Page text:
In Len Deighton’s 1976 novel SS-GB, Britain has fallen. King George VI is a prisoner in the Tower, and Churchill has been executed. German troops occupy the cities. It is surely only a matter of time before the last partisans holding out in the countryside are rounded up and shot.
Detective Superintendent Douglas Archer’s world is bizarrely normal. He answers to Gruppenführer Fritz Kellerman now, but his job is essentially the same as it was before the invasion: investigate and solve murders.
At first glance, there’s nothing about the dead man in the shabby apartment over the antique shop to suggest that the fate of nations depends on Archer’s decisions over the next few days.
Cause of death is clear: two gun shots to the chest. Archer notes odd burns and lesions on the corpse. An autopsy reveals that the man was terminally ill when he was killed. An educated guess suggests the victim was exposed to enough radiation to burn his skin and damage his internal organs. How this might have happened becomes clearer once the police discover the identity of the dead man: Spode, a physicist exploring the possibility of atomic explosives.
SS Standartenführer Oskar Huth considers the case important enough to fly to London to take personal charge. Seconded to Huth, Archer is under strict orders to share nothing he learns with anyone else, not even—especially not—his current boss, Fritz Kellerman. The war effort is important but not as important to Huth and Kellerman as their bitter rivalry. Either Nazi officer could order Archer shot and there’s no way to satisfy one boss without outraging the other.
Spode’s research papers were burned to keep them out of the wrong hands. This would have been a cunning ruse if only Spode had not been the careful sort of chap who makes carbon copies of important documents. Even as the Nazis secure their hold over their new empire, they are making plans for the next war, a war in which atomic explosives may play a crucial role. In such a world, Spode’s copies are a treasure literally worth a king’s ransom.
The German won the Battle of Britain in this novel. More importantly, they’ve deferred Operation Barbarossa (the invasion of Russia). All of the resources that the Germans would have thrown at Russia are still available to Operation Sea Lion (the invasion of Britain). Given all those counterfactuals, it still seems a bit unlikely (at least to me) that the Germans could have pulled off Sea Lion. Deighton wisely refrains from providing too many details about the German victory; we are to accept it as given for the purposes of the plot.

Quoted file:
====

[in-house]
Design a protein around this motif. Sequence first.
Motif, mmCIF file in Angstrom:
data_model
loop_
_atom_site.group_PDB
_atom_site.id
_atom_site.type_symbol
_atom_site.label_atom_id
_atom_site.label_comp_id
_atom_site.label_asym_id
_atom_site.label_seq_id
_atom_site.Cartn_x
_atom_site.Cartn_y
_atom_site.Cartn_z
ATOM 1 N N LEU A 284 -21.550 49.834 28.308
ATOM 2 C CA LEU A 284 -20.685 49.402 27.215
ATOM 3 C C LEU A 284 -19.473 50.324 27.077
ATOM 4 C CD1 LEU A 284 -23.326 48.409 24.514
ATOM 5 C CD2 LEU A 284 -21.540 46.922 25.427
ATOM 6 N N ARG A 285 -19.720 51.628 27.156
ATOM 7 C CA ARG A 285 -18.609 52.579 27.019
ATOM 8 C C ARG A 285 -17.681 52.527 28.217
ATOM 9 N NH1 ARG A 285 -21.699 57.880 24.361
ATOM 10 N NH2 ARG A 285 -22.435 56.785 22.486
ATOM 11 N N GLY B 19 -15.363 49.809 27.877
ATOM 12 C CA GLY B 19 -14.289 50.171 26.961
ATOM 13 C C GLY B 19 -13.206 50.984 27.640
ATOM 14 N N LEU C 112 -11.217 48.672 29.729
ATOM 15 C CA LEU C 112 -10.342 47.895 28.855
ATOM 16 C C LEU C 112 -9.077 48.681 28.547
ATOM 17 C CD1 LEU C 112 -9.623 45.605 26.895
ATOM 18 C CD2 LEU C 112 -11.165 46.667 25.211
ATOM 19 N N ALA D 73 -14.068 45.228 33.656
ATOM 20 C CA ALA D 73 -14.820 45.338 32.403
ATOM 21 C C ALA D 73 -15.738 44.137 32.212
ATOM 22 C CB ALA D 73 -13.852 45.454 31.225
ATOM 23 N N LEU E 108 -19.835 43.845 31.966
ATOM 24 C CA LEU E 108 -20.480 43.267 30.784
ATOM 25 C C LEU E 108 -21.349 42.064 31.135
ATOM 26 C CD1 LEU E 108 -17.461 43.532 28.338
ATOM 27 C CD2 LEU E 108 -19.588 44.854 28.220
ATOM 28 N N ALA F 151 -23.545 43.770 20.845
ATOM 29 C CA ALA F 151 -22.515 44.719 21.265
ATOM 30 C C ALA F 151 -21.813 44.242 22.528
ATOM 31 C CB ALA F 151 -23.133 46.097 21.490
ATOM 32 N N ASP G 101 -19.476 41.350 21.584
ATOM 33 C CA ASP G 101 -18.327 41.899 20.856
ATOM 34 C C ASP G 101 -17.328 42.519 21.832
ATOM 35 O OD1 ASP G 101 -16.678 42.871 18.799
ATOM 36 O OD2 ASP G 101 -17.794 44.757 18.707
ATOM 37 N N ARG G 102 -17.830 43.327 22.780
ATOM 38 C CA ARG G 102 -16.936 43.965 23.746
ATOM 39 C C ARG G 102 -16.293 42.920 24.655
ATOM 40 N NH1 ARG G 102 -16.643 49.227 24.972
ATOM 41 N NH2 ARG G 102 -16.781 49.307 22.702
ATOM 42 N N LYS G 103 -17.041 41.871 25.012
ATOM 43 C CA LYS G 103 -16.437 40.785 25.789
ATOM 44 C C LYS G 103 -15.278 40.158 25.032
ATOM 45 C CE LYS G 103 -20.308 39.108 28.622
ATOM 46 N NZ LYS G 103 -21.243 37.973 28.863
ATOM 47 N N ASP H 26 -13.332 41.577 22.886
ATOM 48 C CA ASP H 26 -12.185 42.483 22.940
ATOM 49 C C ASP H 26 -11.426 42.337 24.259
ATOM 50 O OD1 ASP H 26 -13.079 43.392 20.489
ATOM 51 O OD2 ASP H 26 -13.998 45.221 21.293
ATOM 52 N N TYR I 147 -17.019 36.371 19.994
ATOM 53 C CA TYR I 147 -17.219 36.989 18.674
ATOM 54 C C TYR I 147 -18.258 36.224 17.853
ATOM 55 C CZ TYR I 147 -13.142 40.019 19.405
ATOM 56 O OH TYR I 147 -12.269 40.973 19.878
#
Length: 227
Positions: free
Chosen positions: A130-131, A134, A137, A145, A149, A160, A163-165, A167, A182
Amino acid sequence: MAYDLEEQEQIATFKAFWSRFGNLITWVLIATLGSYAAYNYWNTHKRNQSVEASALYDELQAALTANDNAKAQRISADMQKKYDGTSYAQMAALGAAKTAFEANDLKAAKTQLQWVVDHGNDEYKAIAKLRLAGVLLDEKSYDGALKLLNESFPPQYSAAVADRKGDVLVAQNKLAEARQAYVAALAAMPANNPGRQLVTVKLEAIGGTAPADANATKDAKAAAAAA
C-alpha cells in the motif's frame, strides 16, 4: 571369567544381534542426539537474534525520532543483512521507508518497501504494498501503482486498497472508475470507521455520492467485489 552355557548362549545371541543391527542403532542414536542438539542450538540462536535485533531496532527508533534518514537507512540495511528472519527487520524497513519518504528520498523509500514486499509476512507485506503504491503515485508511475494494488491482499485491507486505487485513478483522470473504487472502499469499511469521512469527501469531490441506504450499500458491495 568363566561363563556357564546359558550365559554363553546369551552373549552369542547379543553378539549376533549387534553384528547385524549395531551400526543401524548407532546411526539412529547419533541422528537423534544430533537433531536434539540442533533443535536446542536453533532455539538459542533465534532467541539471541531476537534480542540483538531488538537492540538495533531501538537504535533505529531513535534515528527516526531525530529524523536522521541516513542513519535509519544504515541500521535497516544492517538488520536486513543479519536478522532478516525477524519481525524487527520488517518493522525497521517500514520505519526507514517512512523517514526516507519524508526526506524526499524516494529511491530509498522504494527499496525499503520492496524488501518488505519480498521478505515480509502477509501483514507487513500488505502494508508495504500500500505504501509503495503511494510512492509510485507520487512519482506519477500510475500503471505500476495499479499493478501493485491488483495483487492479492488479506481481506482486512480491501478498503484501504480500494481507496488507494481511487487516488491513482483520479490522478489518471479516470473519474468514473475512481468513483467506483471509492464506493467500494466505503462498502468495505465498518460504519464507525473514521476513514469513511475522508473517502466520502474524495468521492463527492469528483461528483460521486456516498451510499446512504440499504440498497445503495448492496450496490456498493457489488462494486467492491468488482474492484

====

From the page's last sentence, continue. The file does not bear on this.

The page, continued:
I gather from my friends in the used book trade that Len Deighton’s star has faded somewhat, but at one time he was one of the big names in espionage procedurals, comparable to John le Carré. His works are not limited to thrillers (he has written non-fiction on subjects from the Battle of Britain to cuisine ) but as far as I know this is the only work of science fiction he has written to date. It is also the book that inspired me to start collecting his books.
Deighton is not the only person to have written about policemen working under Nazi rule: Harris’ Fatherland features a German detective who is far too successful for his own good at investigating a series of brutal murders. More recently Jo Walton’s Small Change trilogy focuses on an inspector caught up in the unsavoury politics of Fascist England.
It’s easy to see why the idea would appeal. In most procedurals, the police restore order after some miscreant creates havoc in pursuit of personal gain. A policeman in a fascist region may be serving a very dark sort of order, order composed of midnight raids, mass arrests, and hasty executions. A decent sort of person might well find themselves torn between duty to their job and duty to something more important.
In Archer’s specific case, Deighton adds other, potentially lethal, complications to Archer’s moral quandary. In this novel, the German war apparatus, so often depicted as a gleaming, efficient machine, is shown to be a snakes nest of corrupt opportunists more concerned about their short term goals (which includes sticking it to their rivals) than winning the war. The resulting, messy, lethal Nazi internal politics have Archer in a no-win situation. If this were not bad enough, Archer’s job makes him a traitor in the eyes of the partisans. Even if he survives in the short term, his long-term prospects could be very grim.
SS-GB is available here.